Diabetes and Glucose Control
Note: This protocol will focus on type 2, and to a lesser extent type 1 diabetes; readers seeking information about gestational diabetes should consult their physician.
Diabetes mellitus is characterized by high levels of glucose in the blood. Types of diabetes include type 1, type 2, and gestational. Type 2 diabetes is far more common than type 1 and is mainly caused by acquired resistance to the effects of the hormone insulin, which facilitates removal of glucose from the blood. Type 1 diabetes is primarily caused by destruction of insulin-producing pancreatic beta cells by autoimmune disease or rarely other causes such as trauma; type 1 diabetes generally necessitates lifelong insulin therapy (ADA 2015e; Kishore 2014; CDC 2015a; NIDDK 2014a; Mayo Clinic 2014; Norman 2016). Gestational diabetes is a reversible form of diabetes that occurs during pregnancy (NIDDK 2014b).
Chronically elevated fasting blood glucose levels—or recurrent, excessive spikes in glucose levels after meals—can lead to devastating long-term consequences such as heart disease and stroke, blindness, kidney failure, neuropathy, liver disease, and even cancer (Ahmadieh 2014; Kishore 2014; Szablewski 2014; Del Bene 2015; Huang 2014; Kim 2013; Fowler 2008; CDC 2015a). Abnormal glucose and insulin metabolism has been implicated in Alzheimer disease as well. In fact, this link is so compelling that many researchers have referred to Alzheimer disease as type 3 diabetes (Ahmed 2015; Halmos 2016; Mittal 2016).
When diagnosed in middle age, diabetes reduces life expectancy by roughly 10 years, and worldwide one person dies every seven seconds from diabetes-related causes (Shahbazian 2013; Gregg 2012; IDF 2014).
What is alarming, though, is that diabetes is not formally diagnosed until fasting blood glucose reaches 126 mg/dL, and levels up to 100 mg/dL are considered “normal” by mainstream medicine (NIDDK 2014c; Bjornholt 1999; Tirosh 2005).
This is regrettable—as readers of Life Extension publications have long known—because the adverse consequences of impaired glucose metabolism begin to emerge as fasting glucose surpasses about 85 mg/dL (Bjornholt 1999; Kato 2009; Muti 2002; Simons 2000; Meigs 1998).
In contrast to the conventional dogma that fasting glucose levels up to 100 mg/dL are acceptable, an upper limit for fasting glucose of 85 mg/dL is far better for longevity and health (Bjornholt 1999; Gerstein 1999). Also, maintaining a hemoglobin A1C level of less than 5% is likely optimal for enhanced longevity (Cheng 2011).
Type 2 diabetes can usually be significantly improved with diet and lifestyle changes, especially in the early stages (Lagger 2015; Jain 2008; Cho 2014; Lim 2011; Steven 2013). Adopting eating habits modeled after the Mediterranean dietary pattern is a proven strategy to improve cardiometabolic risk and glucose metabolism. The Mediterranean diet is rich in fresh vegetables and fruits, whole grains, nuts and seeds, and olive oil, and contains moderate amounts of fish, dairy, and red wine or other alcoholic beverages. Sweets, highly processed foods, and meat are eaten in small amounts only (Tognon 2014). Regular exercise is also important (Inzucchi 2012b; Fonseca 2013; O'Connor 2015; Whitlatch 2015).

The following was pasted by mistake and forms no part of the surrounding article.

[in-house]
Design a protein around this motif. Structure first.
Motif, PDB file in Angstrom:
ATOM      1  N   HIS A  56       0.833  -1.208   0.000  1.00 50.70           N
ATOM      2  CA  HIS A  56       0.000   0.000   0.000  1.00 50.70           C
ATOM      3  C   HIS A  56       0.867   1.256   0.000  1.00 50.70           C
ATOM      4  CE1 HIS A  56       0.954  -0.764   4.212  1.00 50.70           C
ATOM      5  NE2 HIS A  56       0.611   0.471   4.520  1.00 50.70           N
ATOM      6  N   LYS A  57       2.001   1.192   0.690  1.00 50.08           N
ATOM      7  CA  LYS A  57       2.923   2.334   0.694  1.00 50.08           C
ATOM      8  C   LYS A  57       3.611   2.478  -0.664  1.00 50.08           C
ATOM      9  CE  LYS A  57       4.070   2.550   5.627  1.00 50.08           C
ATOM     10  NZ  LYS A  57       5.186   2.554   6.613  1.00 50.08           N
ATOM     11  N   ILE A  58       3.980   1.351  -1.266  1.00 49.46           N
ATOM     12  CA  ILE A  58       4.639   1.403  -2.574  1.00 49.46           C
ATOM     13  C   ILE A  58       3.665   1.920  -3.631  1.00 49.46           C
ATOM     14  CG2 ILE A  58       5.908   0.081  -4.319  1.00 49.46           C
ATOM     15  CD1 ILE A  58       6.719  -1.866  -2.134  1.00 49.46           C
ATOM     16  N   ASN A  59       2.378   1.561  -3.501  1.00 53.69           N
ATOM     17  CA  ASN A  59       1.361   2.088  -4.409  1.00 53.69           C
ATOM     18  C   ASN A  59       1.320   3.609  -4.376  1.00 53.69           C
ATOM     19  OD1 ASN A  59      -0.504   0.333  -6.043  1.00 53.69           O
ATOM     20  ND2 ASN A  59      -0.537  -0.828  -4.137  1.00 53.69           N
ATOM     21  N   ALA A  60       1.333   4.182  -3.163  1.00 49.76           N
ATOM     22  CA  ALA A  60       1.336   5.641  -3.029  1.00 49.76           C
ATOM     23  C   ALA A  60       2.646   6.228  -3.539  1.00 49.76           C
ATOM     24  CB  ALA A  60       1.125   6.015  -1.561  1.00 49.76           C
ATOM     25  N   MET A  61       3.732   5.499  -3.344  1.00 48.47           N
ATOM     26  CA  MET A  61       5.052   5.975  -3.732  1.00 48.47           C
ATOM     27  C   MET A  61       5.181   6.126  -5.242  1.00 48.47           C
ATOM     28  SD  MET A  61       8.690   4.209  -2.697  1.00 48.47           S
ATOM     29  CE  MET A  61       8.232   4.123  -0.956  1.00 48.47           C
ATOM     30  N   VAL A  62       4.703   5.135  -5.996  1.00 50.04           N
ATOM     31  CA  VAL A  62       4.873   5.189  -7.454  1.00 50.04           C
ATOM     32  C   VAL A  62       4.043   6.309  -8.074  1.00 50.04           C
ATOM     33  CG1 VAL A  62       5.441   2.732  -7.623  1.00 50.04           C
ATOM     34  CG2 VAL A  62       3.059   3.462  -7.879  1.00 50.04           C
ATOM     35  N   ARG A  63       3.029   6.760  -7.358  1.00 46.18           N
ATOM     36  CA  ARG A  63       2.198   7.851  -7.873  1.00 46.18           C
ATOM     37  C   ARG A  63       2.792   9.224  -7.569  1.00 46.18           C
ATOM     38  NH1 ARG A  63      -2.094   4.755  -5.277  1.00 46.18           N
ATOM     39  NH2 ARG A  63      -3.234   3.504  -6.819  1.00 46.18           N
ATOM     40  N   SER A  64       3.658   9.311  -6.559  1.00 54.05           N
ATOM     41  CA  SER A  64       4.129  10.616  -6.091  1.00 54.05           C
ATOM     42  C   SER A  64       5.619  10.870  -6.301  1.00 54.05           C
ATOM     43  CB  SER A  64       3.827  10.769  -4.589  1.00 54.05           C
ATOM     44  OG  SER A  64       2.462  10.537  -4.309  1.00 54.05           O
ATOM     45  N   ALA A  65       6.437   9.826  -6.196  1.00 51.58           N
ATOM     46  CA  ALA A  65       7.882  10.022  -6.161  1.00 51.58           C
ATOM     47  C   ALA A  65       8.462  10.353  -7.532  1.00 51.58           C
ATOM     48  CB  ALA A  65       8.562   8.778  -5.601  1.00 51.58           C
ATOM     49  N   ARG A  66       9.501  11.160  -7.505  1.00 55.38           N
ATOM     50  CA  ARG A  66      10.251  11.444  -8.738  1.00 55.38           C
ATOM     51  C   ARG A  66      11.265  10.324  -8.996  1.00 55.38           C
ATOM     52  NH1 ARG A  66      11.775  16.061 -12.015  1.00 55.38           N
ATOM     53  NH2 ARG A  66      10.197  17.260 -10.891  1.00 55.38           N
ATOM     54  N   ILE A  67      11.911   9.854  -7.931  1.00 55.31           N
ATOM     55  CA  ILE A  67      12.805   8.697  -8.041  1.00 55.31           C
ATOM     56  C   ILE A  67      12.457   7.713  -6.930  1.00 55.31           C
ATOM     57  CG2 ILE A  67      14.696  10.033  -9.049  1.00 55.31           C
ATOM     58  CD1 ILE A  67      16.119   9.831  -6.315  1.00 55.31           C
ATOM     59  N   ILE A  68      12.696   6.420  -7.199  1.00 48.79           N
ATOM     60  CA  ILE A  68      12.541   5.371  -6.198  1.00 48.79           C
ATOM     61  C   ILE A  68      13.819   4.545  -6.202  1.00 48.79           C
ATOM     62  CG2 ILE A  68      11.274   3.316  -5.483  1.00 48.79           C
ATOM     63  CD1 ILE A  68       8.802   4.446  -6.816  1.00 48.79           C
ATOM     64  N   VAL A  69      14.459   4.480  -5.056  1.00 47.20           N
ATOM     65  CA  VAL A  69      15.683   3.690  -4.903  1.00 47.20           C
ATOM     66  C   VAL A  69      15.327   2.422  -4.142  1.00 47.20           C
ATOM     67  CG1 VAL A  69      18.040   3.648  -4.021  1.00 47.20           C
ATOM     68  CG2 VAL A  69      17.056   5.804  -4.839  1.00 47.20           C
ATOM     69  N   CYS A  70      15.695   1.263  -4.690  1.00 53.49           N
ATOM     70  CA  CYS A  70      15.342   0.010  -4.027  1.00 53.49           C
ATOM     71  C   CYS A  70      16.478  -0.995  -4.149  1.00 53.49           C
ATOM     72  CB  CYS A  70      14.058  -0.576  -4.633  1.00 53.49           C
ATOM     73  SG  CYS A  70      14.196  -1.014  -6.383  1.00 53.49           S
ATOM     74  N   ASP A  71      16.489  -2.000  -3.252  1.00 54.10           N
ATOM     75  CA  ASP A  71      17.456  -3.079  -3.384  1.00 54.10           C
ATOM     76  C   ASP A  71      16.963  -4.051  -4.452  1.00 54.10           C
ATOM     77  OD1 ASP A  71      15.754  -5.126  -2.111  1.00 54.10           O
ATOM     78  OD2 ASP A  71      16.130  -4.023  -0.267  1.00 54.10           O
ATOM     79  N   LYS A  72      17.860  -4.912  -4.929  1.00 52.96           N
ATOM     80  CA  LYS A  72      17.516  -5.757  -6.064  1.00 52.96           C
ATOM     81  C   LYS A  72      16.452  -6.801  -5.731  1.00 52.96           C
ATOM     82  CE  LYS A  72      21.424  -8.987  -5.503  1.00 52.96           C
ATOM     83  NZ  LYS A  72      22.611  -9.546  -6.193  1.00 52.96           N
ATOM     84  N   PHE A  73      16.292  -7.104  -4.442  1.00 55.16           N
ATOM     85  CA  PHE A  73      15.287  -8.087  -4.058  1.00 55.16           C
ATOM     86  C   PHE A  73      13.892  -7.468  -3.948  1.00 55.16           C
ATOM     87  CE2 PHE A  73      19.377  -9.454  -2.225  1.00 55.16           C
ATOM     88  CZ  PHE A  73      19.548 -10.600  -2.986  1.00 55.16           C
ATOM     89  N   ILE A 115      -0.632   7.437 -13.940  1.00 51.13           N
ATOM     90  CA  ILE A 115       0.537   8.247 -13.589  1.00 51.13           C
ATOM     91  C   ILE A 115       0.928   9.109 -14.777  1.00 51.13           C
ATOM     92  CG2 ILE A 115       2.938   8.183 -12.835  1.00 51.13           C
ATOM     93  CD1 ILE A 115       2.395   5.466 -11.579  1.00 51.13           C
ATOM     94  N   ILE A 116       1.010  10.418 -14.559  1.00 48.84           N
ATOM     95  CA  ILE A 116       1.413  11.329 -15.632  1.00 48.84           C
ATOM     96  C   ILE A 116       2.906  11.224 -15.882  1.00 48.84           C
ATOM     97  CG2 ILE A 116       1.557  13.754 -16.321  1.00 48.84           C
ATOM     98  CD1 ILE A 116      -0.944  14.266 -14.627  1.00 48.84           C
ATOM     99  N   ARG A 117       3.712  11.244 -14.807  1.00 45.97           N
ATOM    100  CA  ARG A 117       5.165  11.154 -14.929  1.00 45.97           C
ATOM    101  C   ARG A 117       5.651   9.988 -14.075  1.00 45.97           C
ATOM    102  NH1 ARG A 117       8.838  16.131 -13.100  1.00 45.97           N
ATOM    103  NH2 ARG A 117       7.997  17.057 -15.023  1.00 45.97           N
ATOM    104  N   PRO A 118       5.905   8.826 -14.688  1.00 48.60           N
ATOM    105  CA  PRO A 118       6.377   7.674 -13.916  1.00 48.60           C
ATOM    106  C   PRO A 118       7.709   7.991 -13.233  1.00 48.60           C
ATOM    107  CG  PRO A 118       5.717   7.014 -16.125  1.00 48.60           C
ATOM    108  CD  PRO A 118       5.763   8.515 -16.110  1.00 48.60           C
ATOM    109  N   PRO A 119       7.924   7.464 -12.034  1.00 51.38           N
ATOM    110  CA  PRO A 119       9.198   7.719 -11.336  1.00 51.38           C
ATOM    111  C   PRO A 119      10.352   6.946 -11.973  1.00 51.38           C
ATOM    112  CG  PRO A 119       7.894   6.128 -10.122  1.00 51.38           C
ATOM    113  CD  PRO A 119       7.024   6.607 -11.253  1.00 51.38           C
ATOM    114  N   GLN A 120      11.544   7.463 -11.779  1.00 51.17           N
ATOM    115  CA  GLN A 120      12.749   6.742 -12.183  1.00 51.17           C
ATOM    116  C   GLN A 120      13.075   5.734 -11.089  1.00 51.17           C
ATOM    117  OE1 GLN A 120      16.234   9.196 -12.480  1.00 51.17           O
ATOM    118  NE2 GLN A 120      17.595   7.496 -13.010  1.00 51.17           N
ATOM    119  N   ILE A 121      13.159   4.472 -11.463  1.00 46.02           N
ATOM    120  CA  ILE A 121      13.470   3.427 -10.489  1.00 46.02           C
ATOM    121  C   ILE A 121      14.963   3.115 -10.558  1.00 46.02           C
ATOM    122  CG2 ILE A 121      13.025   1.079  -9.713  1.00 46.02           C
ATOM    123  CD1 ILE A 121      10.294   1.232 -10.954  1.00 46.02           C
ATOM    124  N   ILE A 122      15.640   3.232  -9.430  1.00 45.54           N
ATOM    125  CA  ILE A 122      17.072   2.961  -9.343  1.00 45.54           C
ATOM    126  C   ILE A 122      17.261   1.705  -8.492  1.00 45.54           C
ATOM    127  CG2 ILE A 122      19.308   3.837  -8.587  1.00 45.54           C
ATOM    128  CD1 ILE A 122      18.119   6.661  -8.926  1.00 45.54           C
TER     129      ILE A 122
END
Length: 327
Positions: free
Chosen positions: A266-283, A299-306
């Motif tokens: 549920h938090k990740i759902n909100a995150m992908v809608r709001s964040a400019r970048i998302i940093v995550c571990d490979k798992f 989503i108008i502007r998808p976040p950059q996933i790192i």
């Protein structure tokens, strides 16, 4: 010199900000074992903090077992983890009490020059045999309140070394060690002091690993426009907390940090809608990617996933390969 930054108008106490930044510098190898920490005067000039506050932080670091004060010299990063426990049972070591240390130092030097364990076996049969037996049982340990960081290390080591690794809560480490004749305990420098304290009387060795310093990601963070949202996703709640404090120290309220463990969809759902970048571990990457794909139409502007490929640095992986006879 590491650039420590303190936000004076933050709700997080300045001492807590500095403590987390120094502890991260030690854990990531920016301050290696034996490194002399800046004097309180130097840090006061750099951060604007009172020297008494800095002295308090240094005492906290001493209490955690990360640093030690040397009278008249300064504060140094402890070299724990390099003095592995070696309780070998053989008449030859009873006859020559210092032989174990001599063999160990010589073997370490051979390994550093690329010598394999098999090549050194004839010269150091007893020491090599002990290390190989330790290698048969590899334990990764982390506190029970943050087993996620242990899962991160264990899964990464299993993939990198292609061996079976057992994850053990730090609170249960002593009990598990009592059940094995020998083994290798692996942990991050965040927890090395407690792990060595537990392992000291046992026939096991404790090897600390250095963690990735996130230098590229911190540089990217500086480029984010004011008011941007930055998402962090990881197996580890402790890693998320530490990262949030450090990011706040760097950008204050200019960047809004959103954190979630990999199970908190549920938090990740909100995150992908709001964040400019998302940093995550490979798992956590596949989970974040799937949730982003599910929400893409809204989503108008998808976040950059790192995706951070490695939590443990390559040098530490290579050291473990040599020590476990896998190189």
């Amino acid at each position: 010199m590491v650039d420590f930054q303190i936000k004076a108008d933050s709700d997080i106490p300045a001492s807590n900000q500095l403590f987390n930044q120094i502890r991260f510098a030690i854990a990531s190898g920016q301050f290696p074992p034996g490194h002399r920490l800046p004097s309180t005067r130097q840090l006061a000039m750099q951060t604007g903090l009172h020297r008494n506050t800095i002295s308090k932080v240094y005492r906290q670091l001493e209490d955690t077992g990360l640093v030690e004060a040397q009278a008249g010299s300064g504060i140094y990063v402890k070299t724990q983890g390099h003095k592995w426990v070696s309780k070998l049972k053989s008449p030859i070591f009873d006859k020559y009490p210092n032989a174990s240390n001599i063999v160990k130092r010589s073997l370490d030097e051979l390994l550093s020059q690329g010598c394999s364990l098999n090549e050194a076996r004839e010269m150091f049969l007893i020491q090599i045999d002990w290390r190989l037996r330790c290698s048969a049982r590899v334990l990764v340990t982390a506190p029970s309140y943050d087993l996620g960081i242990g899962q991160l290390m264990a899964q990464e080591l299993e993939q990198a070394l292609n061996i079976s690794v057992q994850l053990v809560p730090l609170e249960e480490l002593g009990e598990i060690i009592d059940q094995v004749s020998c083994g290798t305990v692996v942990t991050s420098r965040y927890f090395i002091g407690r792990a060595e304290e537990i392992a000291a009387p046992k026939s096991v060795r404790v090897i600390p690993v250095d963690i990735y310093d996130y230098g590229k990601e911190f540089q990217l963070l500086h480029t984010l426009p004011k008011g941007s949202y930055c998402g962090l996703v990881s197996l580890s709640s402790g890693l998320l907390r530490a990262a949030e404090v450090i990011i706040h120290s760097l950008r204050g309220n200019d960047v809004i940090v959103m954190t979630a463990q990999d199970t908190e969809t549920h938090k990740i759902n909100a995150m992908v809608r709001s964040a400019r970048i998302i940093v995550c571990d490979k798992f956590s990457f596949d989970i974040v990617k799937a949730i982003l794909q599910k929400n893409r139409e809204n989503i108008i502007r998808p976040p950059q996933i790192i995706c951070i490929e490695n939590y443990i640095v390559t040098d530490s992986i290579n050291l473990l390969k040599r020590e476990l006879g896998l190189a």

The antidiabetic drugs metformin and acarbose lower fasting glucose with little risk of hypoglycemia, in contrast to drugs like sulfonylureas that directly stimulate insulin secretion. They can often help control glucose levels and improve insulin sensitivity in people who cannot accomplish their blood sugar goals with diet and lifestyle alone (Delgado 2002; Meneilly 2000; Gold Standard 2015c; Gold Standard 2015a). Several natural products, such as sorghum bran extract, white mulberry leaf extract, brown seaweed extract, and cinnamon extract, may also promote optimal glucose metabolism and help users attain healthy glycemic control (Andallu 2001; Hoehn 2012; Poquette 2014; Paradis 2011).
This protocol will explain the difference between type 1 and type 2 diabetes, and how elevated blood sugar, even within the conventional “normal” range, can damage tissues throughout the body. You will read about the dangers of insulin resistance and excess insulin, and how some of the drugs that mainstream medicine uses to treat diabetes increase insulin levels without regard to ambient glucose levels, potentially contributing to problems in the long term. Several novel and emerging glucose control strategies will be described, and evidence for the benefits of many natural agents that support optimal glycemic control will be reviewed.
Since diabetes greatly increases cardiovascular risk, readers of this protocol should also review these other Life Extension protocols: